Under the fig tree
search
Food for thought

Under the fig tree

Paired with soft goat cheese and silan honey and drizzled with a balsamic vinegar reduction, this late summer treat is delicate and sweet

Shira Buzelan, an olah from Montreal, lives in Maale Adumim with her husband and five children. Combining her love of Israel and passion for food, Shira strives to incorporate locally grown and produced foods in her cooking style, highlighting the bounty of the land.

The delicate sweetness of figs, in season now (photo credit: Andrea Brownstein/Photoli Photography)
The delicate sweetness of figs, in season now (photo credit: Andrea Brownstein/Photoli Photography)

I was close to eighteen years old the first time I laid eyes on a fresh fig. It was at Kibbutz Sde Eliyahu in the Beit She’an Valley, where I was volunteering in the children’s house. We were frolicking in the kibbutz fields with some 30 pre-schoolers when the teacher leading the field trip stopped at a tree hung with round, green fruits and proceeded to pick and hand them out to the eager kids. I had no idea what I was about to bite into, and once I did, saw no connection between that fresh, sweet, exotic gem and the dried figs I’d seen all my life.

Growing up in the American Northeast, the figs I knew were always hard, chewy and an unappealing brownish gray. The only time I bothered to take a nibble was at the school Tu Bishvat seder, and my reluctance was probably because my sister had convinced me that the seeds inside the fig were, in fact, bee larvae.

Now, however, I consider fresh figs to be one of my favorite treats and look forward to their arrival each summer. Fig trees, which are actually part of the ficus species, are all over the place, growing in many a backyard or park and often freely available for the picking.

The culinary world is awash with different ways of presenting these purplish-green parcels, from sweet desserts to savory accompaniments for main dishes, and there is no shortage of methods to incorporate figs into a menu. I’ve chosen to present them here in a fresh yet filling salad, using a soft goat cheese as a classic fig pairing. This salad is so versatile that it can be great as a starter to a meal or as a main course served with some crusty bread and a glass of chilled white wine.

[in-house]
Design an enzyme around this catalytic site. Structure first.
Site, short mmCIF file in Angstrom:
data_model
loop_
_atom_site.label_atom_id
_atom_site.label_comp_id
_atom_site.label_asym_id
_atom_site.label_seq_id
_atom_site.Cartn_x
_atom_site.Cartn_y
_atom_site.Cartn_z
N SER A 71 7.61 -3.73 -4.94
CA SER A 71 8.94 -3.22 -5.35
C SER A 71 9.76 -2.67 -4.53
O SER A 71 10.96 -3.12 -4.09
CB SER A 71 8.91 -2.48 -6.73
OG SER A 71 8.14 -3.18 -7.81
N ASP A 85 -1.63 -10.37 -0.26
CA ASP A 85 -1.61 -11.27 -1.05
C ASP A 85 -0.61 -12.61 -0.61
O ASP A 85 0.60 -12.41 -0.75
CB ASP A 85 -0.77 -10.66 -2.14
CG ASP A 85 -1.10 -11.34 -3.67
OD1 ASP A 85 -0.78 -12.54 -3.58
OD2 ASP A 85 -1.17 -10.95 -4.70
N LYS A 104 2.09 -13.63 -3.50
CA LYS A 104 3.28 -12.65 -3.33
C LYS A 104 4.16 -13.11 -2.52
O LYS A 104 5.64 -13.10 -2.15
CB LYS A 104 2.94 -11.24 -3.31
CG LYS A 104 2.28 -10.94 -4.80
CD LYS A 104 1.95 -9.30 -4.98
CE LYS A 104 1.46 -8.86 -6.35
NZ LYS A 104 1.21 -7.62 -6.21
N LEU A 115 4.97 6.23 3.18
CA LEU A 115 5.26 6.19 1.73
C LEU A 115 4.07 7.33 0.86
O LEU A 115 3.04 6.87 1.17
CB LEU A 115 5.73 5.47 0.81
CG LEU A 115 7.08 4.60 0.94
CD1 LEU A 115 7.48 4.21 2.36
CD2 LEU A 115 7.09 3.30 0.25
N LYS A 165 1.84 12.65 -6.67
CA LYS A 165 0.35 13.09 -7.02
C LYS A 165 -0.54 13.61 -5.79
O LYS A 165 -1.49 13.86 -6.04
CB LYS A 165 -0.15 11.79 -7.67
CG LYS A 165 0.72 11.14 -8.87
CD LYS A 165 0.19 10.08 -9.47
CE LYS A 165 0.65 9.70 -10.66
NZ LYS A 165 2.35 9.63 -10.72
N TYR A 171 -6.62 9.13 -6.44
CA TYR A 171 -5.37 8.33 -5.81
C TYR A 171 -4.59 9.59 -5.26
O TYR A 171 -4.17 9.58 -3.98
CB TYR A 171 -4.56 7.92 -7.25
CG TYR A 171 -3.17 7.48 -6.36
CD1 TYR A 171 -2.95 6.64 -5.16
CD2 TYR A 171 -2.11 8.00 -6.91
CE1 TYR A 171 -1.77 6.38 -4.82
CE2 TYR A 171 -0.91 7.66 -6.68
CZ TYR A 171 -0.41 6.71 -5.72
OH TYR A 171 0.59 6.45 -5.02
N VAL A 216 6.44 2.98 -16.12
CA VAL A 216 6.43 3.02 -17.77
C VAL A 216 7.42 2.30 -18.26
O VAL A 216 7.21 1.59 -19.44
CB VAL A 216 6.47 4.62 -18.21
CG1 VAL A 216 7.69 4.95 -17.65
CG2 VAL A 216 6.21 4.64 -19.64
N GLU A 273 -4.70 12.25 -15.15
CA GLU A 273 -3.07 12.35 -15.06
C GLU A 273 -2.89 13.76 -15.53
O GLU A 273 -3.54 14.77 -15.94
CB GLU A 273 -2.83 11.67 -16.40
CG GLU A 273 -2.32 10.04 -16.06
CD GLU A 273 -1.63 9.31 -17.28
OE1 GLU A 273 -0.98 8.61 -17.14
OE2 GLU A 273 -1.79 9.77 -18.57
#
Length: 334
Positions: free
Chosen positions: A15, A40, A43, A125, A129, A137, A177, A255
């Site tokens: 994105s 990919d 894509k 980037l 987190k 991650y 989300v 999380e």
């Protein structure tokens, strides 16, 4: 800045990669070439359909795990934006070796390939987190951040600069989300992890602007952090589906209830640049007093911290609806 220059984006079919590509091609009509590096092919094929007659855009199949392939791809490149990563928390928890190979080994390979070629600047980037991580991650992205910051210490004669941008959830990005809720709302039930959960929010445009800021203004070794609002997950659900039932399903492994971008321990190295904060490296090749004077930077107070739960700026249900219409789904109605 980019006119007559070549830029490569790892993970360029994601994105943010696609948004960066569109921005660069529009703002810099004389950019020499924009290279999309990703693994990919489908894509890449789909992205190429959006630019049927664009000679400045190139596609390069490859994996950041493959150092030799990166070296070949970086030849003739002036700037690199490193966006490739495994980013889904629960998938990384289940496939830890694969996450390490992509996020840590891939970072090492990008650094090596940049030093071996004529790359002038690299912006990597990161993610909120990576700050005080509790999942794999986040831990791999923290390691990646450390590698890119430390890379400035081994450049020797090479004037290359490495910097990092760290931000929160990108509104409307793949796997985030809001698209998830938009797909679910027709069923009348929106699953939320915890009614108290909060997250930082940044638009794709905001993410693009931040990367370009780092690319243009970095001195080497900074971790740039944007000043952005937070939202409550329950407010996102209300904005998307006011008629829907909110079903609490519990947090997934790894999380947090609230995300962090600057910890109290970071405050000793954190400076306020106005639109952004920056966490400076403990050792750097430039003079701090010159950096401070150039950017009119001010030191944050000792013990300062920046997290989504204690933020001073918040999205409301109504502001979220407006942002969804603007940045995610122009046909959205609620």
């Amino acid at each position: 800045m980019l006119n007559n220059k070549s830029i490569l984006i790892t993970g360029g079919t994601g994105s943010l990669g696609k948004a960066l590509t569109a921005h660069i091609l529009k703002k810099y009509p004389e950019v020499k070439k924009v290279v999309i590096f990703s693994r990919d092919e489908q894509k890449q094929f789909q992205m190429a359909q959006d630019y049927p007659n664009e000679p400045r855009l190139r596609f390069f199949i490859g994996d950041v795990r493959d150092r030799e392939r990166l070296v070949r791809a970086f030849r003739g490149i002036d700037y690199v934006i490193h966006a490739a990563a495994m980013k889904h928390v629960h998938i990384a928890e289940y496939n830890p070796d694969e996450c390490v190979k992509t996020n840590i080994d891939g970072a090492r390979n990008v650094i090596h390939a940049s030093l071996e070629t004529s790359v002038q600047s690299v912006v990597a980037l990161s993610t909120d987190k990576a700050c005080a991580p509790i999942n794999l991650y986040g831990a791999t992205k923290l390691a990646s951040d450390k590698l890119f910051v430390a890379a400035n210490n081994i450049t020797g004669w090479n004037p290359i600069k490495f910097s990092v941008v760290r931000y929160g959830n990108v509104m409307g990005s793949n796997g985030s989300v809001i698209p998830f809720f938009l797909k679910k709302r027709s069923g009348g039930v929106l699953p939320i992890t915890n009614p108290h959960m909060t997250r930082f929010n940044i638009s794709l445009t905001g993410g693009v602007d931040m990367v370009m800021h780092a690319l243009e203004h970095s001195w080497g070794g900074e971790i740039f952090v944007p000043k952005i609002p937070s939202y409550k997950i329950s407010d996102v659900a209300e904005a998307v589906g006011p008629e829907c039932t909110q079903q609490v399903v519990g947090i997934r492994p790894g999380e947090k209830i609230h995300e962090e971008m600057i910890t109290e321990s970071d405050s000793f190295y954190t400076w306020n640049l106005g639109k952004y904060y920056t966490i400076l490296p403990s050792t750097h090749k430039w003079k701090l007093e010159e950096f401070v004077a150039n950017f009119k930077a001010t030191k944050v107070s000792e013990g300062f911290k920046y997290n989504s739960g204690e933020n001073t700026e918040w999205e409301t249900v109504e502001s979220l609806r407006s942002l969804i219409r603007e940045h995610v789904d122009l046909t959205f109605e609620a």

A salad of figs and goat cheese drizzled with a balsamic vinegar reduction (photo credit: Andrea Brownstein/Photoli Photography)
A salad of figs and goat cheese drizzled with a balsamic vinegar reduction (photo credit: Andrea Brownstein/Photoli Photography)

Silan Roasted Fig and Goat Cheese Salad (This recipe is for a single-serving plated salad, but can easily be adapted for a larger crowd)

  • 4 fresh baladi figs quartered (baladi figs are purplish in color with a softer outer skin)
  • 1 tablespoon silan (date honey)
  • Coarse sea salt (to taste)
  • 2 large handfuls rocket lettuce leaves
  • ¼ cup chopped walnuts
  • 4-5 slices soft goat cheese
  • Freshly ground pepper
  • Coarse sea salt
  • 1-2 tablespoons extra virgin olive oil
  • Balsamic reduction (see directions below)
  • Fresh chives for garnish
  1. Preheat oven to 200°.
  2. Place the figs on a piece of parchment, and lightly drizzle the figs with silan and sprinkle sparingly with salt.
  3. Roast for approximately 10 minutes until the edges begin to brown.
  4. Remove from heat and allow to cool.
  5. Arrange salad leaves, nuts, and goat cheese on a plate. Add the cooled figs and season with salt and pepper.
  6. Before serving, dress with olive oil and the balsamic reduction (see below). Garnish with chives.

To make a balsamic reduction:

  1. In a small, non-reactive pot, bring one cup balsamic vinegar to a low boil.
  2. Reduce heat to a simmer and cook for about 10 minutes until the vinegar reduces by almost half; be sure not to overcook. Vinegar will appear syrupy as it begins to cool. Use more sparingly than regular balsamic as the final product is concentrated and has a stronger flavor.
read more:
comments